Talkin 'bout a revolution

RCN, the up-and-coming fiber optic network, tries -- a little too hard -- to get us to think of it as a telecom revolutionary.

Published October 7, 1999 4:00PM (EDT)

After several years of merger mania -- including this week's $129 billion MCI Worldcom-Sprint deal -- we're looking at some pretty huge telcos. But up-and-coming fiber-optic network RCN is trying to buck the trend -- at least with its latest marketing campaign. It's portraying itself as the anti-monopoly alternative, offering you a chance to thwart the telecom giants that control your bills. The trouble is, RCN's new advertising insert goes to such extremes to make its point that it can't help but backfire.

RCN is currently laying fiber-optic cable across the country, putting together the infrastructure for a network offering Internet, cable and phone access. The company has already launched a cable network between Boston and Washington; currently, it's working on the San Francisco and San Diego markets.

It's a daunting task to strip consumers away from the monolithic companies dominating the telecom
industry. So, in an ongoing advertising campaign
that recently reached the San Francisco Bay Area, RCN is appealing to the rebellious sides of the local post-hippie techies by pitching itself as a new revolution. Witness the insert that came in the local Sunday paper -- a monstrous folded poster, featuring images of revolutionary German mobs tearing down the Berlin Wall in defiance of their communist rulers.

"The greatest moments in history are made when people demand treatment that is fair and just. Sooner or later, all tyrannies crumble," the insert shouts in capital letters, embossed in appropriately revolutionary red and black: "Your telecom giants are next. Introducing RCN phone, cable and Internet."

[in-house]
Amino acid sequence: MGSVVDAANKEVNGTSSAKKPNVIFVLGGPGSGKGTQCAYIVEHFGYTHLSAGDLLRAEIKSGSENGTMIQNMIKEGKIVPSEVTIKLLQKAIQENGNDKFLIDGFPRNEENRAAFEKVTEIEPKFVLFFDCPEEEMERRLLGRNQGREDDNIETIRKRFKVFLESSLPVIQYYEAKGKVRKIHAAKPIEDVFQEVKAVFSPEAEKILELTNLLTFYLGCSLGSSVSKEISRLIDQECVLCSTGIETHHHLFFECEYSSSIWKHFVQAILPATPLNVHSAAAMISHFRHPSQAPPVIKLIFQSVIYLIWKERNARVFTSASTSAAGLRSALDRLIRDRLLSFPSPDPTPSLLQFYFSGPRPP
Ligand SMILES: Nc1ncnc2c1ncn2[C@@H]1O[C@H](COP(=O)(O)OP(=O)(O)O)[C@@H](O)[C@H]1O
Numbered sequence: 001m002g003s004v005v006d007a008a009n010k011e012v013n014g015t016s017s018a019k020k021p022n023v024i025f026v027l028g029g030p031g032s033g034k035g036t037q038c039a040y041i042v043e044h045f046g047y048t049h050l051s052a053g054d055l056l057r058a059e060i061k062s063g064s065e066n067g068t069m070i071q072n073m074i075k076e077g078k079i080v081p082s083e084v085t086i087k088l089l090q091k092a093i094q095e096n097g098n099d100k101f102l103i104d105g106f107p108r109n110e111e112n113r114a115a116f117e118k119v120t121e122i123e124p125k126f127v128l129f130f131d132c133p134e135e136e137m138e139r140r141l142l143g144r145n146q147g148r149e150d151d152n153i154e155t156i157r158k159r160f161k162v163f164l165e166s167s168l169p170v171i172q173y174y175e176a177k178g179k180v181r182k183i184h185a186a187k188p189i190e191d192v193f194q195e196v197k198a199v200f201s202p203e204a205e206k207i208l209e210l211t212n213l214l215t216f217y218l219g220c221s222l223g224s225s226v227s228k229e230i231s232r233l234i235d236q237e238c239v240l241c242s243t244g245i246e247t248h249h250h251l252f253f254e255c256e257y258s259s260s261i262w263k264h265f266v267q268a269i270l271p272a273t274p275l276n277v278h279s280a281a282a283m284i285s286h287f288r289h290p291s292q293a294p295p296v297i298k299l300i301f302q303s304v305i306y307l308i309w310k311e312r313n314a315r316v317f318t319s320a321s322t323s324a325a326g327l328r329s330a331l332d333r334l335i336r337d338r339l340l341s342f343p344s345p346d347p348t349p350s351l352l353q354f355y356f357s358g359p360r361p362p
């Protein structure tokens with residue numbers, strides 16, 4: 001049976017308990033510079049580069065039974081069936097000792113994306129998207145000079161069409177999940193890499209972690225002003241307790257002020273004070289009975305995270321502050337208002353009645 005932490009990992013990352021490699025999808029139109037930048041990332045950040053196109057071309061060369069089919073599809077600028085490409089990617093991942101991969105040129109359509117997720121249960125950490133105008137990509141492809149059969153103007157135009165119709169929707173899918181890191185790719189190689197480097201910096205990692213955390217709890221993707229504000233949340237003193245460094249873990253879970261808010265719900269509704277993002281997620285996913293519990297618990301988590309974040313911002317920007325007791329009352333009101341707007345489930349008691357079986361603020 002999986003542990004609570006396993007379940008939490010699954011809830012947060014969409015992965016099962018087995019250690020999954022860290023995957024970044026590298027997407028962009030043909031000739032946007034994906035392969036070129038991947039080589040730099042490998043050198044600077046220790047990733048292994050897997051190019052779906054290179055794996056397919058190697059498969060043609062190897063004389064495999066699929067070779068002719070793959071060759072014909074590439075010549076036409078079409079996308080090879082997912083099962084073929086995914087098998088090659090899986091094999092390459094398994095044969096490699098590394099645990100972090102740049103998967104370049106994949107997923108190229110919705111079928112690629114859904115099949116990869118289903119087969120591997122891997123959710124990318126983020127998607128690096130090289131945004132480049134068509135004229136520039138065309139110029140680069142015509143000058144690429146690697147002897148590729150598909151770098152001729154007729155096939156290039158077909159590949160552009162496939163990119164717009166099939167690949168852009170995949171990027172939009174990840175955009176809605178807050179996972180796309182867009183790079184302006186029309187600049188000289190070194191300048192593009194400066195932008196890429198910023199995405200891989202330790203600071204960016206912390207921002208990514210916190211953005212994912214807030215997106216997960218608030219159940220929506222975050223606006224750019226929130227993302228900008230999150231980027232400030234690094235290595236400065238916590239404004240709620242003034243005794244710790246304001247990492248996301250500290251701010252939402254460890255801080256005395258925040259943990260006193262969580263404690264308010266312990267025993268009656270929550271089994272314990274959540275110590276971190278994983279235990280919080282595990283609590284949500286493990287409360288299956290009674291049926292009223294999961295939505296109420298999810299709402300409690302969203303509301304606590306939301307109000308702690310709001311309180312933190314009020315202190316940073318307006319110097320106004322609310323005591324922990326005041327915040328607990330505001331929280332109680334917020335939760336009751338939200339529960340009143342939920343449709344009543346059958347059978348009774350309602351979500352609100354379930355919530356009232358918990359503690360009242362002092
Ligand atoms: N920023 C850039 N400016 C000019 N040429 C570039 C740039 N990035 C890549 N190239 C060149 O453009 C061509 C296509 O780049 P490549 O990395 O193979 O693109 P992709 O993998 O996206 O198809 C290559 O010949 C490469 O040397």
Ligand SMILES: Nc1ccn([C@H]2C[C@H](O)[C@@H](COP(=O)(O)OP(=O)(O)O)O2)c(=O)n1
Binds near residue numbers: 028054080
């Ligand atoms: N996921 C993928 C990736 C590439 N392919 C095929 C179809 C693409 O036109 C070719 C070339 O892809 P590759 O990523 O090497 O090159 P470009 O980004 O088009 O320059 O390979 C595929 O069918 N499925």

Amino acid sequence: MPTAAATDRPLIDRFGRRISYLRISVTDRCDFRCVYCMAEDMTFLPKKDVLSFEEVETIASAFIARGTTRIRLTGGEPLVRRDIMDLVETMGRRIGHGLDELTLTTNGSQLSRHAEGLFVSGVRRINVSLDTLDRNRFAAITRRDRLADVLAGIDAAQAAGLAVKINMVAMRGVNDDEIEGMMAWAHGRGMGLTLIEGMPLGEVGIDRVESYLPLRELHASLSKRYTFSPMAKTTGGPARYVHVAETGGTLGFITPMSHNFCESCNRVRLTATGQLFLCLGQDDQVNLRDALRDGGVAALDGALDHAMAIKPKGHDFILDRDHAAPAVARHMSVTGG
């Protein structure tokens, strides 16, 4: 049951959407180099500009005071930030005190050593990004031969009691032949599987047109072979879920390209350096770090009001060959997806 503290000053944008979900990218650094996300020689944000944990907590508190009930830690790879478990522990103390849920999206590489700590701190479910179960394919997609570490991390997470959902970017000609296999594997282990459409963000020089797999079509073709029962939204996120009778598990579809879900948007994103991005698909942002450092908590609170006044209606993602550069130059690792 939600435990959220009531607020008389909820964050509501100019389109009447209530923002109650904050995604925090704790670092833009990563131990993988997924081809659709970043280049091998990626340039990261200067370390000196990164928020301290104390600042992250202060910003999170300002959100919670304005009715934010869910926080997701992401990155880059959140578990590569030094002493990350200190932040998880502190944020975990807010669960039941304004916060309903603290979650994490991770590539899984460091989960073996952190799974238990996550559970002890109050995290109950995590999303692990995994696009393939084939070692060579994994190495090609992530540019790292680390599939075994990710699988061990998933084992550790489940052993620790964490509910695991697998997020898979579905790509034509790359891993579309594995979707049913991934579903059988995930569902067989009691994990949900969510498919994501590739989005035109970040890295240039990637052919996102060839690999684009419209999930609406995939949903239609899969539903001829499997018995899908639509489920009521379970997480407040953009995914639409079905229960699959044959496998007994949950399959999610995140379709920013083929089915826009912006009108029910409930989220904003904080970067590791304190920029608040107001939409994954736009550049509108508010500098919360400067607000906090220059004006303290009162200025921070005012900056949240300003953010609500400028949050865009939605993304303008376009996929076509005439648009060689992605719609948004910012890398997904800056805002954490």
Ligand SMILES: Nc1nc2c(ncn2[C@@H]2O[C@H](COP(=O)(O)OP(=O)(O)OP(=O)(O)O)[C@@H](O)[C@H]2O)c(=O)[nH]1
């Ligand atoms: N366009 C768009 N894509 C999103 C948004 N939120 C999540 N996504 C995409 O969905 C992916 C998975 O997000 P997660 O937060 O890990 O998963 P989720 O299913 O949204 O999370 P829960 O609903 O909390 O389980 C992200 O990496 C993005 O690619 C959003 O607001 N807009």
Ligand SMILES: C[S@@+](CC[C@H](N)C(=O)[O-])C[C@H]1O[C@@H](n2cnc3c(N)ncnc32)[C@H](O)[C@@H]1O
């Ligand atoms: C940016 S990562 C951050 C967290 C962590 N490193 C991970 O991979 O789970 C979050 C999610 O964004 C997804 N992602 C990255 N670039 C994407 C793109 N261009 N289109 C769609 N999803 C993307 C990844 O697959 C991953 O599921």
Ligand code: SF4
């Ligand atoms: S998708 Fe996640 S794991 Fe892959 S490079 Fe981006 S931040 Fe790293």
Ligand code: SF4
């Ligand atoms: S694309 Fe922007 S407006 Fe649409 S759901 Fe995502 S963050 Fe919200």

Never mind that RCN is hardly an upstart revolutionary. It may be smaller than the telecom giants, but with only a few markets it already boasts 600,000 customers, and on Monday the company picked up a $1.65 billion investment from Paul Allen's Vulcan Ventures. To compare a fiber-optic network with a billion-dollar pocketbook to the German revolutionaries is ludicrous, not to mention insulting. It's unlikely that those who helped bash down the wall in 1989 would want their images being used to hawk American telco services.

Not only that, but RCN's insert is offering to send a little chunk of the Berlin Wall -- "a piece of history" -- to those who fill out an attached survey. The Berlin Wall is already an endangered monument, bulldozed and so worked-over by scavengers with rock hammers that hardly anything has been left standing.

RCN would be better off leaving historical monuments where they stand -- taking the money used to ship bits of concrete across the world and using it instead to build the best telecommunications network anywhere, and offering access to it at the lowest possible rates. That, more than false revolution, would do consumers a world of good.

By Janelle Brown

Janelle Brown is a contributing writer for Salon.

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Berlin Wall